The Fulford File, By James Fulford | Angst in Arizona—Caused By
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Via the Volokh Conspiracy (which asks, in effect, why, if American teachers can't be disciplined for anti-American activity, they can be disciplined for being offensive to Mexicans). I learn that Arizona teacher Walter A. Kehowski is in hot water with the EEOC for spreading inappropriate opinions.

I was further surprised to learn that some of the inappropriate opinions were—mine!

According to the Arizona Republic

"Walter Kehowski, a White faculty member at Glendale Community College, in October 2003 e-mailed to all district employees several Internet links that contained remarks considered disparaging to Hispanics. Kehowski posted hundreds of Internet links relating to 'racial hatred, intimidation and supremacy,' with titles including "Mexicans Think U.S. Belongs to Them!" and "Mexican Double Standard," said the EEOC in a letter of determination, which spells out the findings of investigators."

"The links also included remarks offensive to women and religion, the report said: "'Why Islam Hates Democracy,' 'Why White (and other) Women Can't Jump a Facelift for Title IX' and 'Multiracial [sic] chickens come home - but not to roost.' "

"Kehowski could not be reached for comment, but he has previously said that he sent out the messages because he was upset over a recent Dia de la Raza celebration at which he felt students expressed racist attitudes toward non-Latinos by promoting separatism." [College, Latinos urged to talk | EEOC responds to complaint about teacher Yvonne Wingett The Arizona Republic May. 21, 2004]

This goes back to October 2003, when Kehowski apparently emailed a bunch of links from his website to colleagues at the community college.

Immediately there were calls for him to be fired, and when it was pointed out that he was protected by the First Amendment, an Arizona State legislator, Steve Gallardo, called for a law to ban college computers from being used to material "considered offensive" to minorities. Gallardo was apparently under the impression that the First Amendment doesn't cover "hate." (As Tom Lehrer said, "I hate people like that.")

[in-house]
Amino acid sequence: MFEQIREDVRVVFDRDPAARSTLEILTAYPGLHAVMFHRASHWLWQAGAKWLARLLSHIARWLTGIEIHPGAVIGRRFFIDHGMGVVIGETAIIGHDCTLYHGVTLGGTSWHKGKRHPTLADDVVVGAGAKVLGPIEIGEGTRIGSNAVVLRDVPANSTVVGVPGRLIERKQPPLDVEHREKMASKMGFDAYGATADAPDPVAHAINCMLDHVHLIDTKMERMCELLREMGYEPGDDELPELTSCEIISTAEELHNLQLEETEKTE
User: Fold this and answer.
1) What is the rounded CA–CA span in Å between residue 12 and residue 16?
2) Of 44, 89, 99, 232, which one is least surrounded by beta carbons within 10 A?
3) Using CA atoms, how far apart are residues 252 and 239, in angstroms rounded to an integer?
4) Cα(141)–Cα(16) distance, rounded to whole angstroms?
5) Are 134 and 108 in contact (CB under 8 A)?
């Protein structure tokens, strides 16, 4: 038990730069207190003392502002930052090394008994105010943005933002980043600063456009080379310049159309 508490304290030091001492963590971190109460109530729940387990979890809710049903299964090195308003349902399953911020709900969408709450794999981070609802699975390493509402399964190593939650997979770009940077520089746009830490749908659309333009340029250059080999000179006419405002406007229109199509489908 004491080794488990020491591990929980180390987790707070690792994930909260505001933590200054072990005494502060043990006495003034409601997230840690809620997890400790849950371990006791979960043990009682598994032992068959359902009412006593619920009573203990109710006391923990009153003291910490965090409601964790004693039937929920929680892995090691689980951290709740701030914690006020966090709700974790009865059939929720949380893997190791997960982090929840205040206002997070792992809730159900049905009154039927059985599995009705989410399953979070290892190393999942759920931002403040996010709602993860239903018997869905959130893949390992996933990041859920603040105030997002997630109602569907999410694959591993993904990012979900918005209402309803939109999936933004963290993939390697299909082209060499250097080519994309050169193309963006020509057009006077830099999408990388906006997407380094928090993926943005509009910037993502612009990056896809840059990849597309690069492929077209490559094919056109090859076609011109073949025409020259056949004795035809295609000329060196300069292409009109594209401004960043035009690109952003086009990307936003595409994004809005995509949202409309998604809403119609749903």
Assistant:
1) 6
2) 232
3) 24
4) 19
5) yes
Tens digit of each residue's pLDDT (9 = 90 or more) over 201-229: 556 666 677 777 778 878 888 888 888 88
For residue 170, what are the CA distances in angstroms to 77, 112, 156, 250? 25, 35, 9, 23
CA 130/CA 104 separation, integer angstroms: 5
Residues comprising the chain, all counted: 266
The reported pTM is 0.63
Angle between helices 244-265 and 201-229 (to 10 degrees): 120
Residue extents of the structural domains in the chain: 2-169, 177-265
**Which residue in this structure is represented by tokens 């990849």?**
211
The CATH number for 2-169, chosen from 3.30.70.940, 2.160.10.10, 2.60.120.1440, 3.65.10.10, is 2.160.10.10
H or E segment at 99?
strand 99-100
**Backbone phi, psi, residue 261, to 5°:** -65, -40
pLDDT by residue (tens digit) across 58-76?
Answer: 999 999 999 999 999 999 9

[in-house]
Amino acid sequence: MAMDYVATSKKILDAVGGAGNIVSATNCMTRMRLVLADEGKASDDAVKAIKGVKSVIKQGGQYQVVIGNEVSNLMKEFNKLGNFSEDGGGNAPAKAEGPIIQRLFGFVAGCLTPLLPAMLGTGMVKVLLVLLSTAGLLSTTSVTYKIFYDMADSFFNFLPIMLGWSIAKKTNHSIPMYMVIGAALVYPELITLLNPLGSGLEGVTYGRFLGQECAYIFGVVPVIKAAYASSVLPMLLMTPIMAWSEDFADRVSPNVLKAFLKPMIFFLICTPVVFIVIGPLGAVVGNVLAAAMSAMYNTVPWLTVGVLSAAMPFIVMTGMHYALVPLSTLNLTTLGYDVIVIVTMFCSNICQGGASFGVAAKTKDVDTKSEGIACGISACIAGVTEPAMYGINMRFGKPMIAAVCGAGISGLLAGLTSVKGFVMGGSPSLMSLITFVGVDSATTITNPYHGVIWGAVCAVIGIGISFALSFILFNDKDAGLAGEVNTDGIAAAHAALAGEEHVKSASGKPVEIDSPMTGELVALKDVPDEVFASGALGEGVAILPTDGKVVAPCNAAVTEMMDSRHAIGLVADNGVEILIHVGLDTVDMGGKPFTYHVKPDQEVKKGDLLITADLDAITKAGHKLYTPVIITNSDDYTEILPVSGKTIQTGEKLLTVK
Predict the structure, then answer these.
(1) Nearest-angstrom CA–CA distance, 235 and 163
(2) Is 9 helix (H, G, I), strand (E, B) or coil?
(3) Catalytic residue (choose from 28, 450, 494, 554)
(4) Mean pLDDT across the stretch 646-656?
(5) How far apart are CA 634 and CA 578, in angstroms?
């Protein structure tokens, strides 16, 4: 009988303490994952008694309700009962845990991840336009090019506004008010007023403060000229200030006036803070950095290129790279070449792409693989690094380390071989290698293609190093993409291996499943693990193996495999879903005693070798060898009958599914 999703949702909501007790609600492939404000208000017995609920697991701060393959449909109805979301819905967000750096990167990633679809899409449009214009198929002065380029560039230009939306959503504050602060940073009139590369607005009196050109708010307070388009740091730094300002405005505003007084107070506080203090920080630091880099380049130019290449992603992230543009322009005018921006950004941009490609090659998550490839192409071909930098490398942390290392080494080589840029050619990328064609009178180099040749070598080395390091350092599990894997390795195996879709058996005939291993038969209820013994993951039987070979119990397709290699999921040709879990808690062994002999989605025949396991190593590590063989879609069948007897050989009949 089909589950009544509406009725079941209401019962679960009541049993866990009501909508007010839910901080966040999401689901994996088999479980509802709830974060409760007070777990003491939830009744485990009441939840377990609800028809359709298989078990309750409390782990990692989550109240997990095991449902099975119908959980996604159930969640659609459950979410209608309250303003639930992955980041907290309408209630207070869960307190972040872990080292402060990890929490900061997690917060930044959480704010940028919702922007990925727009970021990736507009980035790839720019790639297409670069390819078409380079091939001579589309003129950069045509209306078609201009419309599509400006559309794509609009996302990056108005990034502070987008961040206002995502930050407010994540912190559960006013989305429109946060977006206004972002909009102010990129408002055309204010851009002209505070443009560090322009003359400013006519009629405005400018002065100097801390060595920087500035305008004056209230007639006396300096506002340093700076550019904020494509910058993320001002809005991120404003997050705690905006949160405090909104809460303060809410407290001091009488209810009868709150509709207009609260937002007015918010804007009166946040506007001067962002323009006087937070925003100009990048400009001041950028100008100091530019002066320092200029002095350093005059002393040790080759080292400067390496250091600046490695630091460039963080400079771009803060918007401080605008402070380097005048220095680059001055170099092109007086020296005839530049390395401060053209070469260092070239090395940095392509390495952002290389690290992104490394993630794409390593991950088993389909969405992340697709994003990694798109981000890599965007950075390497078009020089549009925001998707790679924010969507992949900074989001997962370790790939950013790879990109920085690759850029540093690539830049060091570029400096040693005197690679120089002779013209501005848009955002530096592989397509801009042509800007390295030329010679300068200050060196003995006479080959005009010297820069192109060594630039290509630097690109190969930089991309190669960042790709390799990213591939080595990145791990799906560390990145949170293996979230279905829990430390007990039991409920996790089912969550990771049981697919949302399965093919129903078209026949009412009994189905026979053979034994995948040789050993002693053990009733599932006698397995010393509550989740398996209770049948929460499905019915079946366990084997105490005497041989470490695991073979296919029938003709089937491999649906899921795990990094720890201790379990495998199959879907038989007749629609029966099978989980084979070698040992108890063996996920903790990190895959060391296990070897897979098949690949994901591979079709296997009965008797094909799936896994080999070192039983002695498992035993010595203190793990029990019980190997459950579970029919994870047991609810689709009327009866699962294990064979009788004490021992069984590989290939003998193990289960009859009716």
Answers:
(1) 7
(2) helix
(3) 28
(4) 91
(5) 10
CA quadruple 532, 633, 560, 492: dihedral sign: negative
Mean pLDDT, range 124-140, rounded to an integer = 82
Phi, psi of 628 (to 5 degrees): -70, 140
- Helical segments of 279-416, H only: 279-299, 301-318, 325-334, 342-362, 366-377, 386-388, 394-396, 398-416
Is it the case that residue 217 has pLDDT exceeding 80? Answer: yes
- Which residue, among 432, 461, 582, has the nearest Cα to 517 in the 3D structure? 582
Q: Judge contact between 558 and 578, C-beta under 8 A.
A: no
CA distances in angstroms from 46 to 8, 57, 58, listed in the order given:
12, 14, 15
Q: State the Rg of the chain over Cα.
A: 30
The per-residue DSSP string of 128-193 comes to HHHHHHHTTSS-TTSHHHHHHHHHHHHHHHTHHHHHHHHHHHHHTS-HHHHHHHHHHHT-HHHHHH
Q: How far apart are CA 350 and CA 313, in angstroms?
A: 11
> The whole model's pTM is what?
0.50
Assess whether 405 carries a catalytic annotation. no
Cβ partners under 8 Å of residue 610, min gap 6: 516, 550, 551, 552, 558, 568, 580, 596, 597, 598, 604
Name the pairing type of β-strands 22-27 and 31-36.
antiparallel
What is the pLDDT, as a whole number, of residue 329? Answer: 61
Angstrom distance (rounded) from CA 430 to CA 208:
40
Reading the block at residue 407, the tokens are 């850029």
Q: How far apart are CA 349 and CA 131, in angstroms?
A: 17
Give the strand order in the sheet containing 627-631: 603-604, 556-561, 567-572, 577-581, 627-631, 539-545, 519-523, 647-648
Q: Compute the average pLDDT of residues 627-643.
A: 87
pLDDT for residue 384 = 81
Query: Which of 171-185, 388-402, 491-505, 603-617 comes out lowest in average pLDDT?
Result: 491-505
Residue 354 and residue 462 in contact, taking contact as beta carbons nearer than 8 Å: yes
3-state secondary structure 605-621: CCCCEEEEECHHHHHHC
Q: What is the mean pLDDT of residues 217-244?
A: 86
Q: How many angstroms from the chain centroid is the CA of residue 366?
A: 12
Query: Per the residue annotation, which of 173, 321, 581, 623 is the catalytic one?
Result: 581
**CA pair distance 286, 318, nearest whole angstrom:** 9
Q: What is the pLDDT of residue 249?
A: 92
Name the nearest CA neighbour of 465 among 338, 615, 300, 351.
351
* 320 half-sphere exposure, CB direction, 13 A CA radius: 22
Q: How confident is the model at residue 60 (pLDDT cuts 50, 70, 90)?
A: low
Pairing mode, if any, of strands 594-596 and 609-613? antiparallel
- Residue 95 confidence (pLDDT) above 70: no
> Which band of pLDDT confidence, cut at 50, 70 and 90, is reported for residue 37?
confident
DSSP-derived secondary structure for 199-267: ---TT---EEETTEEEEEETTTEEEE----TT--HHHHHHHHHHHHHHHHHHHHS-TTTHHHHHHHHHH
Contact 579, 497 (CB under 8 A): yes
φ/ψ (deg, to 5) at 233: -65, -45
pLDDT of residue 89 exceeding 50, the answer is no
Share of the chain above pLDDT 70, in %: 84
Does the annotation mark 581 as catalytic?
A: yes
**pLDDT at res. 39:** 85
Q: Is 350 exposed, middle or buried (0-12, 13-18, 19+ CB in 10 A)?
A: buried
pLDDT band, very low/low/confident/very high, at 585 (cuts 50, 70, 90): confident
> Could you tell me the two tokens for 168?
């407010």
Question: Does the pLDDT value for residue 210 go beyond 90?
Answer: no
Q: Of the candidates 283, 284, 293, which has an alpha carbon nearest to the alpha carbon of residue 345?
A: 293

How offensive were these links? Well, since I don't have the original email, I'll just comment on the ones mentioned in the Republic story.

From we have Sam Francis's article Multiracialist Chickens Come Home—But Not To Roost which simply says that the ideology of mass immigration is what has led to all these Muslims coming to America.

There's also my own article, "Mexican Double Standard," about the Mexican National Anthem and its bloodthirsty threats toward any foreigner who should dare to invade the borders of their realm, versus the attitude of most Mexicans that illegal immigration to the United States is a civil right.

But at least those come from an officially designated "hate site," namely us.

"Mexicans Think U.S. Belongs to Them!" is from And it's merely a wire service story from United Press International, with a less boring title added.

And what the Arizona Republic story calls 'Why White (and other) Women Can't Jump a Facelift for Title IX' is actually two stories ('Why White (and other) Women Can't Jumpand "A Facelift for Title IX')—articles about feminist affirmative action in sports, from the Weekly Standard, of all places.

You call that hate? They must be very sensitive in Arizona.

The next question is: "Why is this literally a 'federal case?'"—with the EEOC intervening.

Well, Hispanic students complained that the historical and political lessons contained in the emails constituted "national origins harassment."

The EEOC takes the line that if anyone says anything which is considered offensive, and their employer doesn't punish them, then the employer is violating Title VII of the Civil Rights Act of 1964.

This means that everyone in America with a job must mind their multicultural manners or risk unemployment. (This does not apply to anyone who says something insulting about the white majority; the Dia de la Raza celebration mentioned above takes place on what you probably think of as Columbus Day, and is usually given over to bashing the historical American nation.)

This is obviously incompatible with the First Amendment. But it's also incompatible with the idea that state employers are not allowed to discriminate on the basis of political affiliation.

The beliefs that Mr. Kehowski has on his web page are mostly to do with political conservatism, which means mostly right-wing Republicanism.

And discrimination on that basis is illegal too.

For now.

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